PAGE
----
There has been a lot of turbulence. We’ve had a lot of mergers and we’ve seen outpost surgeries close. The Goodly Dale practice is no longer a regular practice – after the partners retired, it was let to a private company that handled it badly. They ended the contract, and we were in hiatus until our out-of-hours service Cumbria Health On Call (CHoC) won the contract. They’re doing a fine job, but I wouldn’t like the answer to every threatened closure to be giving the contract to CHoC because it can centralise some of the costs. You just get salaried doctors; you don’t get that long-term commitment in the same way.

What’s the plan for Central Lakes?
Ideally, I’d like to ensure we can advance the tried-and-tested GP partnership model as much as possible. Most Central Lakes GPs would have stayed on had the contract been reasonable. So, what are the options? We could get a bright set of GPs just out of medical school who want to make a life in the Lakes. Someone like CHoC could take over. Worst of all, the contract could go to an out-of-area business that can afford to do things on the cheap and we’d end up in a situation that’s only one or two degrees better than losing the surgeries altogether. The perfect situation is that the current GPs unresign and take on a practice with a contract that works. But as things stand, I find it hard to see how the ICB’s approach to this won’t make the service worse.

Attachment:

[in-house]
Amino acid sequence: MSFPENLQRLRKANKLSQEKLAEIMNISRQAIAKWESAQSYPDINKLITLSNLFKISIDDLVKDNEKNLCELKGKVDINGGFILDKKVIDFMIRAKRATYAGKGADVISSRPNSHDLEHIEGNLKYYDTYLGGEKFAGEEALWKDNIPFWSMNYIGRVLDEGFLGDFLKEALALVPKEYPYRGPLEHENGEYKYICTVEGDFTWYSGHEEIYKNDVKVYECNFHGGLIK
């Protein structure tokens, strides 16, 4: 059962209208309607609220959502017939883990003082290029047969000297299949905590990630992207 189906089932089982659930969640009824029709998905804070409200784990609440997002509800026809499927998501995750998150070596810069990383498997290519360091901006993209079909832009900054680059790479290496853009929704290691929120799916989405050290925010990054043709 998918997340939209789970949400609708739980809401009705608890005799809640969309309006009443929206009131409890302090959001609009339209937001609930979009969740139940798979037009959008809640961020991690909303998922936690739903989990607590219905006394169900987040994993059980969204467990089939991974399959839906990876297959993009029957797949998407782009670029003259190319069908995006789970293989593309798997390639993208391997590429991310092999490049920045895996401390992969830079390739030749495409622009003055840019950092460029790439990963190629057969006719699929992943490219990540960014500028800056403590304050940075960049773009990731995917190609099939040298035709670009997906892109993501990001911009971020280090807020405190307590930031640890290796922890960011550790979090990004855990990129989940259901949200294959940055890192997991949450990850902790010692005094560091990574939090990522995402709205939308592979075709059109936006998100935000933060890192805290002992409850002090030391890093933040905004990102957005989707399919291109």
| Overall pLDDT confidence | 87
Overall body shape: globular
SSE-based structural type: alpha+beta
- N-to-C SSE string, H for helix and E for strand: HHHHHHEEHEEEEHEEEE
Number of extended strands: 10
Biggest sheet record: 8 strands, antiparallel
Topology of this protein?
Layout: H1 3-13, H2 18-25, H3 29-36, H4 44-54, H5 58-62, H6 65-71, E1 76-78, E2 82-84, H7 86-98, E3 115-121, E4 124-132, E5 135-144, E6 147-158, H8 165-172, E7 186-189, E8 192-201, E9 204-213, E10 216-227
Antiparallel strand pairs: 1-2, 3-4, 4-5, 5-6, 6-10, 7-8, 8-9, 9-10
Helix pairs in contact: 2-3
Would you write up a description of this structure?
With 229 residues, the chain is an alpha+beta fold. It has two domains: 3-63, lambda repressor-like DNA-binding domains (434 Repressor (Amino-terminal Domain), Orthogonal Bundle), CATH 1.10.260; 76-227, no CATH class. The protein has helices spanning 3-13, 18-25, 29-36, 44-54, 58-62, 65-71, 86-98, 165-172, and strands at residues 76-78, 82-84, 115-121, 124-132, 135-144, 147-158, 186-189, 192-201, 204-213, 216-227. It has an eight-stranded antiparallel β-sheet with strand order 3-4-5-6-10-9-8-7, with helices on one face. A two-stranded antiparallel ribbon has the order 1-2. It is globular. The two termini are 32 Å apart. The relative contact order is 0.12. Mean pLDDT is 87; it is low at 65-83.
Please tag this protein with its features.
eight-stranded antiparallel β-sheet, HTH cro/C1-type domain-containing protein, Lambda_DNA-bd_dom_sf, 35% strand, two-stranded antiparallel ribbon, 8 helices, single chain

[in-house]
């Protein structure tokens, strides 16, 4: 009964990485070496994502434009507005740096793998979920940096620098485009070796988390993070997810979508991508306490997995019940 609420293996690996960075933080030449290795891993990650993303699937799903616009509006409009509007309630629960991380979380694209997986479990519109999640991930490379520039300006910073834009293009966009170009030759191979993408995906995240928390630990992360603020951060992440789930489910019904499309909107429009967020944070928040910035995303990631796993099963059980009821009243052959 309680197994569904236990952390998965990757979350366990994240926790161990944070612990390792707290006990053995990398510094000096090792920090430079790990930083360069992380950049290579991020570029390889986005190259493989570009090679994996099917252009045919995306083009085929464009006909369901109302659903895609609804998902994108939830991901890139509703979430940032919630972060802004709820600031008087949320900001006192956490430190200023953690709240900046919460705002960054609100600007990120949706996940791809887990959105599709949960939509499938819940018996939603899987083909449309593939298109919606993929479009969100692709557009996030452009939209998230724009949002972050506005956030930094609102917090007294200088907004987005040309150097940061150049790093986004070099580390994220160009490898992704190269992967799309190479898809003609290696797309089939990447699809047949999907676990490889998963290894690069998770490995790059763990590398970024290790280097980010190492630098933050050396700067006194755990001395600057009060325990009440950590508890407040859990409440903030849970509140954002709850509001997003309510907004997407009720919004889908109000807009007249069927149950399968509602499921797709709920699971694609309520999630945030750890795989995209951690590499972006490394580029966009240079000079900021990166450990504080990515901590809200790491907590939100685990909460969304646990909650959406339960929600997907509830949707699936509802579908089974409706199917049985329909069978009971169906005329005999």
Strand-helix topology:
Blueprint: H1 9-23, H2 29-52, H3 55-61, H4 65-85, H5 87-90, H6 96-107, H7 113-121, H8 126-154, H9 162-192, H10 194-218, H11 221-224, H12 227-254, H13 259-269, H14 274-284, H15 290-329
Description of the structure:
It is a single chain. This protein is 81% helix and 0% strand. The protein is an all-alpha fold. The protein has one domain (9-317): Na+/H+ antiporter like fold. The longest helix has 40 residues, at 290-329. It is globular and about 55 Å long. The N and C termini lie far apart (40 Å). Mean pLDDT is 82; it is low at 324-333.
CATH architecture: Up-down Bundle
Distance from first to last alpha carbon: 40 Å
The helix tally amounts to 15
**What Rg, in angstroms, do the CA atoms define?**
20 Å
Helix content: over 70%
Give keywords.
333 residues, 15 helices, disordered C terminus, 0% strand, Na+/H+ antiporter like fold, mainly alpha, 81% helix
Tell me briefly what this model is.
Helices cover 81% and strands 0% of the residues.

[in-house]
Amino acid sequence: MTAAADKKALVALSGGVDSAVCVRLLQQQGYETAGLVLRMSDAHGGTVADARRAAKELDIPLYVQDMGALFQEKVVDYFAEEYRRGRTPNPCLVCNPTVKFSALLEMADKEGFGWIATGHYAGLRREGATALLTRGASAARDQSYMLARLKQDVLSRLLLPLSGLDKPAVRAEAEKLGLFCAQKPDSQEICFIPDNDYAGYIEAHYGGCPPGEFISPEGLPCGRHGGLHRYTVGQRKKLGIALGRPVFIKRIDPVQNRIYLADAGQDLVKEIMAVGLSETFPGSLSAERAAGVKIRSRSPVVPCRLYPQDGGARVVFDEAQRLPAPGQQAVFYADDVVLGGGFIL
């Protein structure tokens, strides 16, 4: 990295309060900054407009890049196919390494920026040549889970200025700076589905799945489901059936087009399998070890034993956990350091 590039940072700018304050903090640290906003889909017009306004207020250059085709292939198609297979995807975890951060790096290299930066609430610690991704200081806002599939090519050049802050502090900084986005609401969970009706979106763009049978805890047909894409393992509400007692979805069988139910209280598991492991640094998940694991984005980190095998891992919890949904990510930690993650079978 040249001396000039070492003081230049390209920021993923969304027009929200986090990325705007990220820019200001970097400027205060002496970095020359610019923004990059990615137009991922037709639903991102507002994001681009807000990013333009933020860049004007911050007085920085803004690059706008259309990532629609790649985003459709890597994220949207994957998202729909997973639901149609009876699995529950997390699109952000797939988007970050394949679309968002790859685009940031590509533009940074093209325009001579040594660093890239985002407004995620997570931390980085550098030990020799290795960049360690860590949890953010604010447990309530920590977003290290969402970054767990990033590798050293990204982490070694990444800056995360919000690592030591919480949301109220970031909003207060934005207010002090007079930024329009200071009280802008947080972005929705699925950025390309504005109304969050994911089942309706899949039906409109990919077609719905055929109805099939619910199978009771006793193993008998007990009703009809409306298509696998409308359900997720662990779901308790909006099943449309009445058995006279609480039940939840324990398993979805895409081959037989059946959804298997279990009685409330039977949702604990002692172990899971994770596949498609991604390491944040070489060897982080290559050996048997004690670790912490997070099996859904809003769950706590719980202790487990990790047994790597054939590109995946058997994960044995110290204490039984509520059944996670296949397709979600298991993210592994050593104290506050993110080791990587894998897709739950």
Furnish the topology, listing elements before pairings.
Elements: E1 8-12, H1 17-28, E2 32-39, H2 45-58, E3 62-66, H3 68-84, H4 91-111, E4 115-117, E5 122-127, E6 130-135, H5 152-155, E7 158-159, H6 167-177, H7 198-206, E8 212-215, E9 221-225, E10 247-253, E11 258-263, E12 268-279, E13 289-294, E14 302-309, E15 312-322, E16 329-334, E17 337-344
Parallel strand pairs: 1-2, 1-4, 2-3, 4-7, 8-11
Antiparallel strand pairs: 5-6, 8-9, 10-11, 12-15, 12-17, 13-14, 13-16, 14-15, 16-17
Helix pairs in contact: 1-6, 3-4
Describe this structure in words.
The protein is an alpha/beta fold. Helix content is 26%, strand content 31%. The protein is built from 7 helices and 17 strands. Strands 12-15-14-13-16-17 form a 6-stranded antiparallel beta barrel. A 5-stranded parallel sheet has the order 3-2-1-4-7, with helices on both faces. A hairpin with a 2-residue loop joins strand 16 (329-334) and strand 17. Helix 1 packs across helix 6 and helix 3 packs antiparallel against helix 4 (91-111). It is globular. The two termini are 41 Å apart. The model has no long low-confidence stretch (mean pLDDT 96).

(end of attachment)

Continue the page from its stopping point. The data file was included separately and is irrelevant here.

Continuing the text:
Tim Farron is the Liberal Democrat MP for Westmorland and Lonsdale



Please note, only GPs are permitted to add comments to articles

David jenkins 29 October, 2022 12:08 pm

the problem they have created has led to a lot of gp resignations. obviously, this is a situation that the gp’s have thought about very carefully before acting. unlike politicians, they rarely have a “bump on the head” and go off and do something with long term consequences without weighing up all the pros and cons. if there are a lot of them (which there are), they have obviously all sat down together and agreed on a decision.

if you are an employer, surely that tells you something about the factory you are trying to run ?

the employers – icb, lhb, ccg or whatever their latest sexy title is – seem to have lost all the trust of their workers. it seems to me very unlikely they are all going to “unresign” after taking a step as drastic as this.

you can’t put the toothpaste back in the tube !!

perhaps, next summer, when the tourists start turning up again, the icb, lhb, ccg etc will realise they are NOT calling the shots, and there will be sufficient “egg on face” to hammer home to those in charge that most gp’s have had a gutsful, and that we do, actually have a choice.

i think if i were running the service, i would start losing sleep.

some years ago all the gp’s in a small welsh town resigned en bloc – google “prestatyn surgery” if you don’t believe me. the welsh government’s response – “we’ll get some locums in”. they then discovered that a lot of locums (myself included) didn’t want to work for an employer with an attitude like that, and within a very short space of time they began to say “please” and “thankyou”.

things are better now. not perfect by any means, but those at the top in the welsh NHS seem to listen a bit more than they did !